No. 418.
Mr. Foster to Mr. Fish.

No. 249.]

Sir: The 22d of February was observed in this city by the display of the national flags on all the public buildings of the federal and district governments, and on the houses of the various legations, and by complimentary editorials in many of the daily newspapers.

As on the previous anniversary of the birthday of Washington, the American residents in this capital assembled at this legation, as members of the American Benevolent Society, an organization which answers the double purpose of relieving the wants of sick and destitute countrymen, and of constituting a bond of social union.

The number of adult male Americans at present residing in the federal district is about one hundred and thirty, of which sixty are heads of families, representing an American population of about three hundred and fifty. The occupations of these residents are: A few merchants, several teachers and professors in private and public schools, editors, officers, and employés of the Mexico and Vera Cruz Railroad, civil engineers superintendents of estates, mechanics, and laborers.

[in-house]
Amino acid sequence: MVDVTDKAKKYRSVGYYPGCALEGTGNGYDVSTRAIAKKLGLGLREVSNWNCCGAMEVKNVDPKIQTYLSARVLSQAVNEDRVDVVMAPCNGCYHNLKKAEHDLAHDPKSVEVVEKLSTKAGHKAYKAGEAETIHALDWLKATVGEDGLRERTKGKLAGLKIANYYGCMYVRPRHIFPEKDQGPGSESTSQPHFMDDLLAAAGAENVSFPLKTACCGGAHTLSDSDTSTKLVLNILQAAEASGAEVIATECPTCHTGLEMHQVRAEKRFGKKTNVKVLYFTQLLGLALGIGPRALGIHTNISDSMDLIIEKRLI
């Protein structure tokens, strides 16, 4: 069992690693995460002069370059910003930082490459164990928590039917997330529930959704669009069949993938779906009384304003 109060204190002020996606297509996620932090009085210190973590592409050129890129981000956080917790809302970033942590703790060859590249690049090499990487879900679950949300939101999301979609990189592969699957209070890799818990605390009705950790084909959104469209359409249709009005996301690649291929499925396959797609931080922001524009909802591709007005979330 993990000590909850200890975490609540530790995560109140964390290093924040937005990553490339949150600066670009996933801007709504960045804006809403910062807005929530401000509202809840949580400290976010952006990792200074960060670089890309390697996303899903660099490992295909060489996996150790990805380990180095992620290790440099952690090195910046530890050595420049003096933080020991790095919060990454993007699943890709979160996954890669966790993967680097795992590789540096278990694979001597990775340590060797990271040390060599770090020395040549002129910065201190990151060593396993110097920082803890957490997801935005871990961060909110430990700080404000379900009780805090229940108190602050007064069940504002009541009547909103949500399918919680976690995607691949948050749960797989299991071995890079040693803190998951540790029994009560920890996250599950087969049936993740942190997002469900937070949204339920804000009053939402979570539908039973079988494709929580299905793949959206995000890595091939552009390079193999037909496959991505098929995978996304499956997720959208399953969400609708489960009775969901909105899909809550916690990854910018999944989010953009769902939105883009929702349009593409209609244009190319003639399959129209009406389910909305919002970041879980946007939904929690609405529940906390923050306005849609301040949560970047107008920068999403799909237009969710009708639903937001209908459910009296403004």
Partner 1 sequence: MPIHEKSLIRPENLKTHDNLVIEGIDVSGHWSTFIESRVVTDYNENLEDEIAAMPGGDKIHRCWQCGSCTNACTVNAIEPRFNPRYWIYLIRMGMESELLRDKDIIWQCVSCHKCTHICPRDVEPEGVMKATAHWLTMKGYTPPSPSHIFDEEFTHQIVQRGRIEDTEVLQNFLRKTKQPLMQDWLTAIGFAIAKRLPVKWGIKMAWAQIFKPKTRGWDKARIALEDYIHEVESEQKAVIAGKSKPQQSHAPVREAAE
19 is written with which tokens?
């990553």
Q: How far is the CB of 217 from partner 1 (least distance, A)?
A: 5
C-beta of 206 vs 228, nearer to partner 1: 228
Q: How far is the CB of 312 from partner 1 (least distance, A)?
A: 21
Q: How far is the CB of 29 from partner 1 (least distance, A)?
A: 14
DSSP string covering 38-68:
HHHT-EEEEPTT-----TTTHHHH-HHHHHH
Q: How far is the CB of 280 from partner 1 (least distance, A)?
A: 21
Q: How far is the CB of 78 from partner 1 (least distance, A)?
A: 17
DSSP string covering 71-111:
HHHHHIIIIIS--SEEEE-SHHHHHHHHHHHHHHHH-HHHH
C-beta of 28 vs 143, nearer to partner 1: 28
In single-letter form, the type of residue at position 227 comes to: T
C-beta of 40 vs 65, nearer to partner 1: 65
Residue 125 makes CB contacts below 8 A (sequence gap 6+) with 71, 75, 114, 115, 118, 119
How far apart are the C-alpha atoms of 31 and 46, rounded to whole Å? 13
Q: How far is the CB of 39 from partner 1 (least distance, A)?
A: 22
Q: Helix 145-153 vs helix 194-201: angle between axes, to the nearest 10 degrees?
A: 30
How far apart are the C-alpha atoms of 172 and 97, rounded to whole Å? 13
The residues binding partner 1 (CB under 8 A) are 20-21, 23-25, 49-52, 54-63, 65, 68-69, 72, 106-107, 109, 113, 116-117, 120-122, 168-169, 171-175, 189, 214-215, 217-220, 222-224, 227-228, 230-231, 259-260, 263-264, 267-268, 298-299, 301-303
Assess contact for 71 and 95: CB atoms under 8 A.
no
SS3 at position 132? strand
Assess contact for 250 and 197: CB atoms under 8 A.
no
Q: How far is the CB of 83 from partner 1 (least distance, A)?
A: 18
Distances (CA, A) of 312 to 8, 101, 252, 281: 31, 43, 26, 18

The completion of the railroad from this city to Vera Cruz, and the establishment of a regular line of steamers between that port and New Orleans, have made this city and the interior of the republic easily accessible from the United States. The number of American visitors has consequently greatly increased during the past year, and the increase promises to be much greater in the future. The salubrity of the climate, the uniform temperature, throughout the year, of this valley, and the whole of the central plateau of Mexico, (the thermometer in this valley varying but a few degrees from 67° Fahrenheit during the year,) and the natural and historical attractions of the country make excursions to Mexico at all seasons very agreeable.

I am, &c.,